Q: Isn't this hard on the young man?
A: Yes. Even so, God designed young men to stand up to challenges. If he really believes that this girl is worth the effort, then he will pay the price to gain permission to court her. From a father's perspective, a young man is asking permission to develop a relationship with his daughter that may take her away. This is as extremely valuable "possesion" that the father is being asked to relinquish. He has been given oversite and responsibility for that daughter. He has every reason to want to protect her until he determines that this young man will value, cherish and protect her as much as he does. A young man needs to keep the prize in view and respect the value of the prize he wants to obtain.

Q: Why are fathers important to the courtship process?
A: I will be encouraging you as fathers to be strategic in your approach to teaching, modeling and carrying out a plan to help your children toward marriage. Your plan may not look like mine, but I will be challenging you with many questions that need to be answered to prepare a successful plan. You can procrastinate or be passive with your responsibilities, but that is not what your children are looking for. They want your guidance – if they can trust you. They want your counsel if you have their best interests in mind. You may tell yourself that you are too timid to make the judgments required of a father in courtship. This is the time to be bold. This is the time to do things and ask questions that are typically uncomfortable – for the sake of your children.

This is not meant to be a solo act for fathers. There will be years of preparatory training where you lay down the foundations of what marriage should be and what it should look like. When an actual courtship starts you need to involve your wife since she will have insights you do not have. This becomes very important when you are evaluating potential suitors and will build your relationship as a couple. If there is no father in the home, a mother can enlist the help of a trusted older man to act as the male perspective in the accountability/evaluation process.

Q: Why should I teach my children about marriage?
A: If you do not, the world stands ready to teach them a very different view of marriage. Deuteronomy 6 reminds us to teach our children all through our day. Certainly, teaching about marriage must be one of the important things we should teach. Our marriages are, in some small way, giving others a visual picture of Christ's relationship with the Church (Eph. 5). That is a pretty important picture and not one I am willing to give over to the world.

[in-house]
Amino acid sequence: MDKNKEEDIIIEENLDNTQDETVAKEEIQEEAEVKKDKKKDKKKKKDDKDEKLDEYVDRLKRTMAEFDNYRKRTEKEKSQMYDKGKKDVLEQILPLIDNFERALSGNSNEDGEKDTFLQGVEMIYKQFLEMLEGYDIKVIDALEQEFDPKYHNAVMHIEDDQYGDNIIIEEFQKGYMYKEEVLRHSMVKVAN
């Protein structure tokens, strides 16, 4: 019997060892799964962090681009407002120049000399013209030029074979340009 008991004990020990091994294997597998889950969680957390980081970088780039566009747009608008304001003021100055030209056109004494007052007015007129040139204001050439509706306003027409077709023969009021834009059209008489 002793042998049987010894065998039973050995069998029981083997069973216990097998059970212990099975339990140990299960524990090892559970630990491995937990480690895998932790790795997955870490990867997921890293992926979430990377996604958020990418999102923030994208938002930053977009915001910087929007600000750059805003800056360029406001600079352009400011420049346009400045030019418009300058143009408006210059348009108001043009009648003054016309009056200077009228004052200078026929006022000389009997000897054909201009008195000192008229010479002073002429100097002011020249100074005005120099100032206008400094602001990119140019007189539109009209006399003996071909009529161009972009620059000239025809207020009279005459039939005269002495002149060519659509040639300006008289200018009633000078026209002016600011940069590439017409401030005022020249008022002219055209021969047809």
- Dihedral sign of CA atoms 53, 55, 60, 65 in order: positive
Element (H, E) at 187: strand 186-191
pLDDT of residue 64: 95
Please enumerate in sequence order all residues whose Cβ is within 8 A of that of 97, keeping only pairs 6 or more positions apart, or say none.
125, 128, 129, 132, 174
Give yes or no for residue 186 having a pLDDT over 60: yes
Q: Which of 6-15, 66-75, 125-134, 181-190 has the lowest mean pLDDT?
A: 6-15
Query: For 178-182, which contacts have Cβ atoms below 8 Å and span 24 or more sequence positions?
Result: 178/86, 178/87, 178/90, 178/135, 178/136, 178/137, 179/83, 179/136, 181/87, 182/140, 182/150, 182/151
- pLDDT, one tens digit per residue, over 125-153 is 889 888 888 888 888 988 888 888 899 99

Q: Do I have the time for this?
A: If you don't have time to build a relationship with your children, then what do you have time for? Some of you may just not feel you can do all this. I would encourage you to determine before God if courtship is what you should do, and if it is the right thing, then do it. I really don't want to give you an escape hatch, but if you choose not to do courtship, then a reasonable alternative would be this. Frankly, it still involves building trust with your daughter and is mostly a lecture to the young man, but it does briefly cover some of the same concepts. What it leaves out is making an objective determination about what is desired in a spouse, and opens a daughter to the piecemeal distribution of her heart to others.

Q: What is the value to my children?
A: No matter their age, your child must understand that both you and God want them to be successful. Ponder this for a moment - how are you going to communicate that reality to your child? This heart knowledge requires consistent input so that they can trust God today and into their future, especially through the transitional teen years. In addition, they need to know their father is fully and constantly desiring their success. You must be humble so that they will believe you want the best for them. They need to see and hear you pray for their future life partner. You can draw their heart to you, but you cannot demand it. To demand their heart will only close it off to you. Think of the way the writer of Proverbs appeals to his son to listen, heed, and harken to his words. Work at capturing their heart.

Q: What if your child does not want to embrace courtship?
A: This is hard because as a child grows to adulthood we should be incrementally releasing them to the decisions of adulthood. This is why training at a younger age is so important. Shaping how your child sees courtship and marriage are important goals. If they choose to reject courtship, then try to shape their outlook as best you can. Major on relationship. You may be able to influence them more than you think by being there for them and honestly caring for them. Even if your child rejects your counsel and marrys against your will, you can strive to serve them and win their heart.